Generally speaking, the optimal character length for product titles is 60-80 characters, though this will vary depending on your product category. If you’re finding it difficult to stay in that range, then at least make sure your brand and product title are featured upfront before Amazon truncates your title with an ellipsis (. . .) in search results, and that the ellipsis is not appearing in the middle of a word on mobile or desktop.
Now, imagine that the shopper has clicked on your product based on your clear title and appealing product image. Once they’re on your page, it’s time to make your pitch. Better make it a good one, because Amazon has sponsored ad placements for competing products all over your page.
You can research what your target customers are looking for by reading the reviews of your competitors’ products. What are the common likes and dislikes regarding this product? What do the customers want from the product and what about this product category has let them down in the past? Use that information in your images and copy to get an edge over your competitors.
Remember, the buyer can’t examine the product in person, so it’s your job to give them as close to a tactile, sensory experience as possible through images, video, creative copy, and A+ content. So let’s get into it.
You need at least five images on your product page, and ideally a video, for an optimized product listing. Lifestyle images, infographics, and videos will add detail to the customer’s vision of your product.
To help you optimize your product’s five bullet points, here are five points of advice from someone who writes copy for Amazon product pages (and frequently shops on Amazon too.)
Your product description should be different from your bullet points, greater than 500 characters but no more than 1,000, and it should synthesize the overall pitch you’re making to customers. Think of the product description as an opportunity to tell a quick story about your brand, the product you’ve made, and why the customer’s life will be improved by buying said product. And as you should in all your copy, make good use of keywords throughout.
Formerly known as EBC, this content replaces the Product Description on sellers’ product pages, giving customers more opportunities to engage with your product and your overall product catalog. For vendors, A+ Content will appear alongside your product description. In both cases, A+ content can improve the customer’s impression of your product, and familiarize them with your brand.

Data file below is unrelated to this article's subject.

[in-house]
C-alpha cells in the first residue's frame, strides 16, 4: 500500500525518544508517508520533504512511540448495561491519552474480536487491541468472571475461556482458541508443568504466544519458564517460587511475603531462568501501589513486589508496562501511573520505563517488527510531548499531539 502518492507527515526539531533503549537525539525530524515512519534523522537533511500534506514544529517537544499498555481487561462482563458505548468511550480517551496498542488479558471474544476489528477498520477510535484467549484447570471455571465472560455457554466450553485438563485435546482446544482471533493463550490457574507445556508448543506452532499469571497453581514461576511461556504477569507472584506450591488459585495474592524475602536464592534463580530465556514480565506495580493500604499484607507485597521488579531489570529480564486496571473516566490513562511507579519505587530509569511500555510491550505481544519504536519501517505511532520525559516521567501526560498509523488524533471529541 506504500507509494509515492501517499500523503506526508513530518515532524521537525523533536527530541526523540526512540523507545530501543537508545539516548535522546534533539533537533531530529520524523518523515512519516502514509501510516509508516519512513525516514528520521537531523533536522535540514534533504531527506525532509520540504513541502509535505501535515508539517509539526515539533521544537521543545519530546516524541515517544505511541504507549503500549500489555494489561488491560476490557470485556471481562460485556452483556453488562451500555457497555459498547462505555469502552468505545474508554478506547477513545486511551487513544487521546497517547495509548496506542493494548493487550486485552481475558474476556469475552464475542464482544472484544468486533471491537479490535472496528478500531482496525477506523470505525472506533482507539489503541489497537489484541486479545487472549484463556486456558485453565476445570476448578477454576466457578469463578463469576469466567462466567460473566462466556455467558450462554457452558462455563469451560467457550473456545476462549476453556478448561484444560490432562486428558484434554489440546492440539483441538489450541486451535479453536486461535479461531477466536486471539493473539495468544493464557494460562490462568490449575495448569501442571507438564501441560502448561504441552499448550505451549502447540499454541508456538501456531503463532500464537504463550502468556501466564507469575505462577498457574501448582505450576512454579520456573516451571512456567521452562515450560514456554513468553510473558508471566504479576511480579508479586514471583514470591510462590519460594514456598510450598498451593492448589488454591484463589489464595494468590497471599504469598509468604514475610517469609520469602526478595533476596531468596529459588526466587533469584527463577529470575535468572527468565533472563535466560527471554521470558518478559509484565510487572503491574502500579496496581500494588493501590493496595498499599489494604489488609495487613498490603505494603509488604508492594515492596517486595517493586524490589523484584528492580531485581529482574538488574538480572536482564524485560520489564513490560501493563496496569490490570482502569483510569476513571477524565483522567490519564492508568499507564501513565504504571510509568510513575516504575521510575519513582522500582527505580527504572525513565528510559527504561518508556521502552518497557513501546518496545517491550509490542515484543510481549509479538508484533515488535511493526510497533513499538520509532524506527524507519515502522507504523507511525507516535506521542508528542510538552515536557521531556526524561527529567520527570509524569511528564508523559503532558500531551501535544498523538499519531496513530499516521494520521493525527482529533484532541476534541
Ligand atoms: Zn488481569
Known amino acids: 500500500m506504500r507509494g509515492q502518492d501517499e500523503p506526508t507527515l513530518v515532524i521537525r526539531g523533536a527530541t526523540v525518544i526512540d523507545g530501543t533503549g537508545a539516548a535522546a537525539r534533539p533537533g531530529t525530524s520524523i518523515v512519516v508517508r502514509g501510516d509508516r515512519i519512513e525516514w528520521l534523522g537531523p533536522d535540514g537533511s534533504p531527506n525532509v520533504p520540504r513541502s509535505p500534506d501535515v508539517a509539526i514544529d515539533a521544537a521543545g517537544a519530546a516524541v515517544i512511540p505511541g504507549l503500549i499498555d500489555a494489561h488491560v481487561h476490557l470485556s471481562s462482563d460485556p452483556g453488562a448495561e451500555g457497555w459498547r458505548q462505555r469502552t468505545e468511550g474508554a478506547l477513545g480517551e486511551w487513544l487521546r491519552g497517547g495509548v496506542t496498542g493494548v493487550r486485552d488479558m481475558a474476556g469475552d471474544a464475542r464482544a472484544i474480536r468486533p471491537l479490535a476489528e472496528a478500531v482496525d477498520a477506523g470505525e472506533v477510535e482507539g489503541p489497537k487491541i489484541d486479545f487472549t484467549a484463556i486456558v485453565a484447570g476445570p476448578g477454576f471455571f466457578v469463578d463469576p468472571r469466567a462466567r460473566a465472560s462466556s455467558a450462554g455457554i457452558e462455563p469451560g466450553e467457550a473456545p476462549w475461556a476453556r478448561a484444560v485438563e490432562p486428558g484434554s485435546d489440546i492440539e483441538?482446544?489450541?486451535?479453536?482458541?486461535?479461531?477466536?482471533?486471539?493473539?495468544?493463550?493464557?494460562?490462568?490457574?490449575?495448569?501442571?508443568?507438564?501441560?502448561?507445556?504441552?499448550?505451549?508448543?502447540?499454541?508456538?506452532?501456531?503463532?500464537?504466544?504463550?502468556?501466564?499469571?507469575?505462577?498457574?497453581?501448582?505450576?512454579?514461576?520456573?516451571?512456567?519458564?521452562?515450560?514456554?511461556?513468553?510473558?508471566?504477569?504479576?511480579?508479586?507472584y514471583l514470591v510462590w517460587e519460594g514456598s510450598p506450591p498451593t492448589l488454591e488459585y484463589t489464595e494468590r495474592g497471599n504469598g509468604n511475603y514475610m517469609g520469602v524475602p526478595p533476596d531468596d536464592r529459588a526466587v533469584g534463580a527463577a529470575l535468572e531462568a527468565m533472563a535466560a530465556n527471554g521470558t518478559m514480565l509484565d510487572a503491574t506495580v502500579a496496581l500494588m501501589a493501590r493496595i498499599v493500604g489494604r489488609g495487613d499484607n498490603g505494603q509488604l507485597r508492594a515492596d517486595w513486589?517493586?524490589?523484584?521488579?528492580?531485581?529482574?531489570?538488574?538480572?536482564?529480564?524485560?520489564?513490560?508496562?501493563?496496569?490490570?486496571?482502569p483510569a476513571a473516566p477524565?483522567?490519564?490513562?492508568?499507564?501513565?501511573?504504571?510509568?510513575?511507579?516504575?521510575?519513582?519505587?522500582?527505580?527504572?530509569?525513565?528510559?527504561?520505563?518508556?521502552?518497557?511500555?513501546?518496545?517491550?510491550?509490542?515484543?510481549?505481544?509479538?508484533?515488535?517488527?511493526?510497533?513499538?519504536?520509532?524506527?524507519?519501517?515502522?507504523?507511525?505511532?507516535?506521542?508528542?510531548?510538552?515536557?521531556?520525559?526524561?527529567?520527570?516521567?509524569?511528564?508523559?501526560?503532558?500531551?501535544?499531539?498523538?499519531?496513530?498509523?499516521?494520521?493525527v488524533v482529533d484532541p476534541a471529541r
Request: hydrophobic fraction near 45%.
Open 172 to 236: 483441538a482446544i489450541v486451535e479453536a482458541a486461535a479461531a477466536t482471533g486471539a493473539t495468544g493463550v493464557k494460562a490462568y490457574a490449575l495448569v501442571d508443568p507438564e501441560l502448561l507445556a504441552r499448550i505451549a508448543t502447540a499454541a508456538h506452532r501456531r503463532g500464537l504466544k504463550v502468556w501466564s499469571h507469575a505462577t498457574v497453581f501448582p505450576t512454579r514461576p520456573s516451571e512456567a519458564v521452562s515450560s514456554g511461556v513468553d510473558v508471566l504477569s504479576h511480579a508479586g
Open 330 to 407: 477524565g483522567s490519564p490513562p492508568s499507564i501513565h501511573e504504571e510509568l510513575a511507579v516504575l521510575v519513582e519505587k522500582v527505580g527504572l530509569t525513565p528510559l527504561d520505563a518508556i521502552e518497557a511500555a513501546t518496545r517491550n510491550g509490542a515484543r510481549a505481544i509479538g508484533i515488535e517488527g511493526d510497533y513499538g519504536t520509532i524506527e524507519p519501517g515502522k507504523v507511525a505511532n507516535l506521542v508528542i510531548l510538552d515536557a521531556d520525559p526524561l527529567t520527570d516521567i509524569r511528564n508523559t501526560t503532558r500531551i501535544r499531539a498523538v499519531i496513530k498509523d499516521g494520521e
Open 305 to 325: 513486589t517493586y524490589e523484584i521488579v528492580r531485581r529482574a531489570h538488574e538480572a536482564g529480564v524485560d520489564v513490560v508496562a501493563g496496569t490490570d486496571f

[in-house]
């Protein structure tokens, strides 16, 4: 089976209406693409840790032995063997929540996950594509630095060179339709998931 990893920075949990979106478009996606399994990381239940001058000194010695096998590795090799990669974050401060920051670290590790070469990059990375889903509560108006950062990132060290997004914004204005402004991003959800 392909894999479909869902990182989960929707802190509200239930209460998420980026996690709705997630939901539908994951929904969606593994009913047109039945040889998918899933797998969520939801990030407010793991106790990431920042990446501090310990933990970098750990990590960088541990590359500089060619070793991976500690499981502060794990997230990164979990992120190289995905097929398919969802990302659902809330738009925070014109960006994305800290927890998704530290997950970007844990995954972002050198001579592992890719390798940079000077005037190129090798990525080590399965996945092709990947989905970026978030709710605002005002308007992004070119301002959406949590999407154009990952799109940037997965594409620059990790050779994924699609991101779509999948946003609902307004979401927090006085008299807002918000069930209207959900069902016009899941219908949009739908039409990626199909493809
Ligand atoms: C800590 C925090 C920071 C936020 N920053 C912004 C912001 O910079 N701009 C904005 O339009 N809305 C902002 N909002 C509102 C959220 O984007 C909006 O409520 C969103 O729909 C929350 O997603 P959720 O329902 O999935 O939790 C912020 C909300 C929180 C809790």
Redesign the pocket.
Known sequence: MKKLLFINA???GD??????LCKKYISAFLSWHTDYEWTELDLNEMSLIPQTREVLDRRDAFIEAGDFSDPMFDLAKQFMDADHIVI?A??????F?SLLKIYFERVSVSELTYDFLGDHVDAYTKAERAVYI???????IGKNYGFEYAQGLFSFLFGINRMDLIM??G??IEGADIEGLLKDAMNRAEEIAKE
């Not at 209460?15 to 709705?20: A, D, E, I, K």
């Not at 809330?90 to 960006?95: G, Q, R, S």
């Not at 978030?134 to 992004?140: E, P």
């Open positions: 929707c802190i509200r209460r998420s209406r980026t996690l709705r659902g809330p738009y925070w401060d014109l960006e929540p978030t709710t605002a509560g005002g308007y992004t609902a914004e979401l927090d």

Reviews rank highly with shoppers in helping them decide if your product is a safe bet. That said, it is undoubtedly difficult to accumulate reviews. Even the recommended minimum of five can require hundreds of sales, but there are a few things you can do.
First, optimize your product page (which you’re already considering if you’re reading this, so good on you). Without reviews, your product page needs to pull its own weight by looking as professional as possible.
Second, advertise both within Amazon and without, and offer initial discounts till sales pick-up. The goal is to drive traffic to your product page so you can gain lots of potential reviewers.
Third, send one (and only one) follow-up email to your buyers requesting a review, or include a note within the packaging asking for an honest review. But don’t forget; Amazon has banned incentivized or manipulated reviews, and they are very good at finding and removing reviews from family and friends. Your request for reviews must be neutral and fair. We recommend studying Amazon’s guidelines before you compose your emails or notes asking for reviews.
Amazon offers a couple of programs you can enroll in to increase your odds of getting reviews.
Understanding Amazon’s algorithm and increasing ad spend alone won’t pay off if your product pages aren’t converting browsers into buyers. You have to please the Amazon algorithm and the Amazon shopper, so invest time in optimizing your product pages for both. Start building momentum in your sales and page-ranking by finessing your title, images, video, copy, and A+ content, and accruing those all-important reviews. And remember, this isn’t a once-and-done kind of deal: optimizing your product pages should be a continual, repeated practice to keep your products relevant and competitive in Amazon’s bustling marketplace.